If you’ve been treating Google as ‘your new home page’ (hat tip to Mike Blumenthal, for that phrase, though of course he never suggested that you don’t need a website!) and letting your actual business website gather dust like a succulent on a window ledge, it’s time to dust that thing off, give it a drop of water and expose it to some sunlight.
Your website is your business entity’s ‘home’—and you need to treat it as such, keeping it up to date in terms of the products and services you offer, your important business details, and anything else that is essential to help your potential customers choose you, and your existing customers continue to choose you.
When I talk about ‘referring sites’, I’m talking about websites that refer traffic to your website.
I’m not explicitly talking about ‘links’ here or the value of links from an algorithmic perspective. I’m talking specifically about websites that link to your website that refer visitors (AKA the actual people that are looking for a solution to a problem that you can solve via your products and services) to your website where they’ll be able to find the information that they need to make a decision about whether or not they want to do business with you, and then take the next steps in actually actioning that decision.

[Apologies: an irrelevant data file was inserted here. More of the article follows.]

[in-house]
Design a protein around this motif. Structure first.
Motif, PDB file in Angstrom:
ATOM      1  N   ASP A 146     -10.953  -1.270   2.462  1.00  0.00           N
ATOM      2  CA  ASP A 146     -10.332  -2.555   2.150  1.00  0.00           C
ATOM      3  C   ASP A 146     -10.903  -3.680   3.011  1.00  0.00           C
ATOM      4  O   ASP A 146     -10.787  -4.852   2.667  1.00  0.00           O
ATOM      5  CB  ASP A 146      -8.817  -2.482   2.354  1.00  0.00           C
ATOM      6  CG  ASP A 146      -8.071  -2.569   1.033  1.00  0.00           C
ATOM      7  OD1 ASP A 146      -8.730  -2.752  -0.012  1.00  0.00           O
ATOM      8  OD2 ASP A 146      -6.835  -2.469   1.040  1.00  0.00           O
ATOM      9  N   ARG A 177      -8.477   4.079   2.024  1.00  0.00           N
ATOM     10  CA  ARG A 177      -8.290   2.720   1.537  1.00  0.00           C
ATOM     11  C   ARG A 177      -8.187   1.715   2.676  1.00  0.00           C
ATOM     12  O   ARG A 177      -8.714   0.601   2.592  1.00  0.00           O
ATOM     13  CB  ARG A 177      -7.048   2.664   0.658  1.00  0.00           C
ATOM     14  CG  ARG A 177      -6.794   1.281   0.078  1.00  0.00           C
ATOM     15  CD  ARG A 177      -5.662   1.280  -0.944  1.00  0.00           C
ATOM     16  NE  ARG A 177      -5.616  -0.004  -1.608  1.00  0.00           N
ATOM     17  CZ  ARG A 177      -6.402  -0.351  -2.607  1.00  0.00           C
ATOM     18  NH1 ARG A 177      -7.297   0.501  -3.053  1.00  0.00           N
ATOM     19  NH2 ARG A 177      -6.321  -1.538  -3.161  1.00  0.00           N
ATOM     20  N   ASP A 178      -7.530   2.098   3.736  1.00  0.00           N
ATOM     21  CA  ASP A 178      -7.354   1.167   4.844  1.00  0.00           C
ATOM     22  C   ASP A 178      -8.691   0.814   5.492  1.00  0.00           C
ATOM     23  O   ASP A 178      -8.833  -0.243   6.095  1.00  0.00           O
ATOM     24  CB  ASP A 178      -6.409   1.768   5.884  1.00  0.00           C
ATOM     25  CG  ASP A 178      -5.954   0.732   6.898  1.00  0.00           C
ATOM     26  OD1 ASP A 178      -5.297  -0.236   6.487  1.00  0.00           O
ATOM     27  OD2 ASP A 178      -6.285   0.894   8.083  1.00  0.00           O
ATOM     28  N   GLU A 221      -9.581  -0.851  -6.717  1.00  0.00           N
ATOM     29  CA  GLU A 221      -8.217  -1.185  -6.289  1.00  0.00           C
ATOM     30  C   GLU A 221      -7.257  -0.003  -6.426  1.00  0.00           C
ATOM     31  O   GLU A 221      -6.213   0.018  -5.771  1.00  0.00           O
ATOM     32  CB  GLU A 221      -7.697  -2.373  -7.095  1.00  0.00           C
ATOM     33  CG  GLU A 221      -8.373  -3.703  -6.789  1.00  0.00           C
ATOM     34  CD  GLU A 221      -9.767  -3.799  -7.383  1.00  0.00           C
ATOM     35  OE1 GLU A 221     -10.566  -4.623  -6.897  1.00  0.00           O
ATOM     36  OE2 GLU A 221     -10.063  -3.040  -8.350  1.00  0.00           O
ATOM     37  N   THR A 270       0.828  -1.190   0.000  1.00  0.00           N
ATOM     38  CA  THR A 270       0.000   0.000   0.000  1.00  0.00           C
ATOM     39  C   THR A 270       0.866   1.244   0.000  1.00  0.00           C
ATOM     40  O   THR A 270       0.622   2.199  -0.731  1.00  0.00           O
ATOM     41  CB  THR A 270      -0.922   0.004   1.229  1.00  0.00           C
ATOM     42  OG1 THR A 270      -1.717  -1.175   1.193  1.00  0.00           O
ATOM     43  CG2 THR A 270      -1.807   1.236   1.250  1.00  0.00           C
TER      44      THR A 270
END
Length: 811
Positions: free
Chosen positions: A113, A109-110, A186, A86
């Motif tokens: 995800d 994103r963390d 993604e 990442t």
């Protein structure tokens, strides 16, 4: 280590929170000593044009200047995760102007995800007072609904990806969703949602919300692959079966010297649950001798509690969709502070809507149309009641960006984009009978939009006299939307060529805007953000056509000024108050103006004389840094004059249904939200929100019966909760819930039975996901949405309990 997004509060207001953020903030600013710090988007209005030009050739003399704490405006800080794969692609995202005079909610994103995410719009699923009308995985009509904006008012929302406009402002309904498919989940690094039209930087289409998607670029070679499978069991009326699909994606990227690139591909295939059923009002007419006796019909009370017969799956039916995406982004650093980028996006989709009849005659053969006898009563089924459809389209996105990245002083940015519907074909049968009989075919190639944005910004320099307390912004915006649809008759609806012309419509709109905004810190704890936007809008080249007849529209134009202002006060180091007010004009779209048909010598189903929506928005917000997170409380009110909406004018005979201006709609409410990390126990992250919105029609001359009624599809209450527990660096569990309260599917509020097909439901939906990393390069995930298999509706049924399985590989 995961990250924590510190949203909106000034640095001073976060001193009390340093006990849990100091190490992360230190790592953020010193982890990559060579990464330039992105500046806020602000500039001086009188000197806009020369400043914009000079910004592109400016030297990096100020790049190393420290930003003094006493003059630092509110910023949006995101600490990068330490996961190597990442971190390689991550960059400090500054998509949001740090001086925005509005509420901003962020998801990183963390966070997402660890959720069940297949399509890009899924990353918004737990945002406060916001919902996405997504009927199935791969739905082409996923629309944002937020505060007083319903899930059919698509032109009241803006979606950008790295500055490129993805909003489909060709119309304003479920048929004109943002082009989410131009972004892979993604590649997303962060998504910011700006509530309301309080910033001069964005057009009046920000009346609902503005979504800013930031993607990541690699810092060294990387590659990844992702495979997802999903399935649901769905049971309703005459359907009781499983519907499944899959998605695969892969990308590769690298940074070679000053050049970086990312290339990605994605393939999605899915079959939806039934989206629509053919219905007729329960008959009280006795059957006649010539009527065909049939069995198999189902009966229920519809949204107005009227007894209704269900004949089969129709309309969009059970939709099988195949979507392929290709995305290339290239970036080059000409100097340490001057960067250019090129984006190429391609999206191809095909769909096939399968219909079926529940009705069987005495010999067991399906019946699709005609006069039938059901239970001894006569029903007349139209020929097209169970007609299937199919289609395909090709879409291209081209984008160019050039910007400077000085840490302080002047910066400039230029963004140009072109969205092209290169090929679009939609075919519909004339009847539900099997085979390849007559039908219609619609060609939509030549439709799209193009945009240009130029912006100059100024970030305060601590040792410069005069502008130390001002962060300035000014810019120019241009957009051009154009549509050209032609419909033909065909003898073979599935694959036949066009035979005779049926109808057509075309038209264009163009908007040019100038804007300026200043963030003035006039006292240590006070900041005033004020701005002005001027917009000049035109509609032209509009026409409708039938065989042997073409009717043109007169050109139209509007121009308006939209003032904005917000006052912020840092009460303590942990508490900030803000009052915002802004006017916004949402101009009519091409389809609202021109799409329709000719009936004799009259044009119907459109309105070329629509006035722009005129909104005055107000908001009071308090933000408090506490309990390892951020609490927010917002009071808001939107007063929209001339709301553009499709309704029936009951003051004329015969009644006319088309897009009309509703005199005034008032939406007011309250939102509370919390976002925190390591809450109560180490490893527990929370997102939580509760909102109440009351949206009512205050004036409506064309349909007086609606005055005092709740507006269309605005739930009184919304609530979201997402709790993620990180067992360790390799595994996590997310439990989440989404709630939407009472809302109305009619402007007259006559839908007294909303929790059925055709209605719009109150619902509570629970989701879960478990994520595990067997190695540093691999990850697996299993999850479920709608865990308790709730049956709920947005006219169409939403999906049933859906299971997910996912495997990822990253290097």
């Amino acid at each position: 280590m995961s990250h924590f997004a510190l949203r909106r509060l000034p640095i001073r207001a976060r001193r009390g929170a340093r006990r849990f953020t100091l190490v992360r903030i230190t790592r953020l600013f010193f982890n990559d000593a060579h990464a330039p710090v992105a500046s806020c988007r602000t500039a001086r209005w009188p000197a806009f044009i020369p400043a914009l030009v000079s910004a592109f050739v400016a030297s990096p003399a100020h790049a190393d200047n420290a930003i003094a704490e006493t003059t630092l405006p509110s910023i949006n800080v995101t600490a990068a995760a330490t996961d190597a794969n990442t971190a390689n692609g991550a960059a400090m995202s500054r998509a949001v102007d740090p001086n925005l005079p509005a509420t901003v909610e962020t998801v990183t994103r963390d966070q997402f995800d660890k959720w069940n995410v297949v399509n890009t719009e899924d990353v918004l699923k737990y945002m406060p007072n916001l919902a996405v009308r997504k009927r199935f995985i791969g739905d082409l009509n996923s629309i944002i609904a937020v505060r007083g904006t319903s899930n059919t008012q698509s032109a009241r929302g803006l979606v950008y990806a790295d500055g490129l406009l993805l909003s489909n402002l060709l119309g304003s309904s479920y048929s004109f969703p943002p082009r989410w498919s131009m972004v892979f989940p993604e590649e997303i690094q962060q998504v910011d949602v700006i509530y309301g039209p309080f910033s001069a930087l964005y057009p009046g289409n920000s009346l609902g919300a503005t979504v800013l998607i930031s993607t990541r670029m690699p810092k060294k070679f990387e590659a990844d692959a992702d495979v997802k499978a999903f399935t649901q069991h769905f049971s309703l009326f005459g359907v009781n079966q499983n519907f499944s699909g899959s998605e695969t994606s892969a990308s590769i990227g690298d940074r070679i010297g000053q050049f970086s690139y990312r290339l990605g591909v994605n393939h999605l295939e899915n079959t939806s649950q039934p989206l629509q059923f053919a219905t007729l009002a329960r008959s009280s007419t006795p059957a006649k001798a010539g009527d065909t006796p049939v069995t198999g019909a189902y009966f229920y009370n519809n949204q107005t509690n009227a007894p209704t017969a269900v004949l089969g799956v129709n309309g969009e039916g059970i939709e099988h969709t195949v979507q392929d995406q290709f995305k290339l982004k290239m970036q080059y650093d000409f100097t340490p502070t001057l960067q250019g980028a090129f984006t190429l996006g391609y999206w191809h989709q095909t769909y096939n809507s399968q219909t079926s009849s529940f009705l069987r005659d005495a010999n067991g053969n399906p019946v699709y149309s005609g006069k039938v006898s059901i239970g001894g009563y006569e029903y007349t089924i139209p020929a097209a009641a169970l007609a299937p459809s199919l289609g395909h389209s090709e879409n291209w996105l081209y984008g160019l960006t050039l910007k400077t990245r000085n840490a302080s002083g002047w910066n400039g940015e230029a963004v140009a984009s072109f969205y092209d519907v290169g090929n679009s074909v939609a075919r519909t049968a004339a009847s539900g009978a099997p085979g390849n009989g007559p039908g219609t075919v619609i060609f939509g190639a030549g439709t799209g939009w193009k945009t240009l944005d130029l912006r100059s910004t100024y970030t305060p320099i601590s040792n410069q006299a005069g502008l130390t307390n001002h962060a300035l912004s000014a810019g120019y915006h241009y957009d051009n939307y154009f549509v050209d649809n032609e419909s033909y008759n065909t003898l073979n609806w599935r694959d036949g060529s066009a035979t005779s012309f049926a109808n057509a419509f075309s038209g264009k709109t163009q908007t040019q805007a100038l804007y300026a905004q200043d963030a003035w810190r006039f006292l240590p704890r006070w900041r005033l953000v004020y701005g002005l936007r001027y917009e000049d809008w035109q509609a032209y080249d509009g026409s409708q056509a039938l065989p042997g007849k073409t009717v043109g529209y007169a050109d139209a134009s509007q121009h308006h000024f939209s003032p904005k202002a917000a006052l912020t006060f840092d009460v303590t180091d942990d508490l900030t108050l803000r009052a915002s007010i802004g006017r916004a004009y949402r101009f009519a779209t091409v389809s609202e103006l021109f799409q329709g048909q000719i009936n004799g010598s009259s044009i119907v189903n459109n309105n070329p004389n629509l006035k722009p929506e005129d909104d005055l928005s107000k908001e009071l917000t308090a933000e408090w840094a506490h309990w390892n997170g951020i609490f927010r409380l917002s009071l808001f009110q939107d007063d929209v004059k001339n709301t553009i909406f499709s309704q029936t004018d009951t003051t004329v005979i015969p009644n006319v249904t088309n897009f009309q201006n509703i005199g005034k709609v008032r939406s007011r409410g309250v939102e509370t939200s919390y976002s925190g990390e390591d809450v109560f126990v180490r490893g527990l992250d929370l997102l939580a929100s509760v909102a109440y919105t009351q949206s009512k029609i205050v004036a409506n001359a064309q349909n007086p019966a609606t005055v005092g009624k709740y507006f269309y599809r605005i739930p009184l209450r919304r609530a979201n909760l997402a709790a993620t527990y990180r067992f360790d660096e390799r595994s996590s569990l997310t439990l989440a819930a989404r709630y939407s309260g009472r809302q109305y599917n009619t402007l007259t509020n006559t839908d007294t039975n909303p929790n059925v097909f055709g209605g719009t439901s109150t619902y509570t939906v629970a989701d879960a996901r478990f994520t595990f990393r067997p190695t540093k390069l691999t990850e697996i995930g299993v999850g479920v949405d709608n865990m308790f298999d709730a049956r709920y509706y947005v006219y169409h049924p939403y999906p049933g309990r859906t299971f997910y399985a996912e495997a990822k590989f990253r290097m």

Make sure you know which sites already refer visitors to your website, and how those visitors convert, and always be thinking about building and developing relationships with other websites that could also refer potential customers.
Get on the Socials
TikTok is the new Google anyway, supposedly. Except it’s not. Jokes aside—social channels can be a useful way to connect with people that are looking to solve various problems. Just make sure that you adhere to good social etiquette—don’t spam platforms with self-congratulatory or over-promotional content. Listen first. Be helpful. Be real. Be a friend.
After the flurry of creating a ‘newsletter sign up’ option on your website and sending a few half-arsed, overly promotional emails, many smaller businesses that don’t have the luxury of a dedicated marketing team decide that email marketing just doesn’t work for them.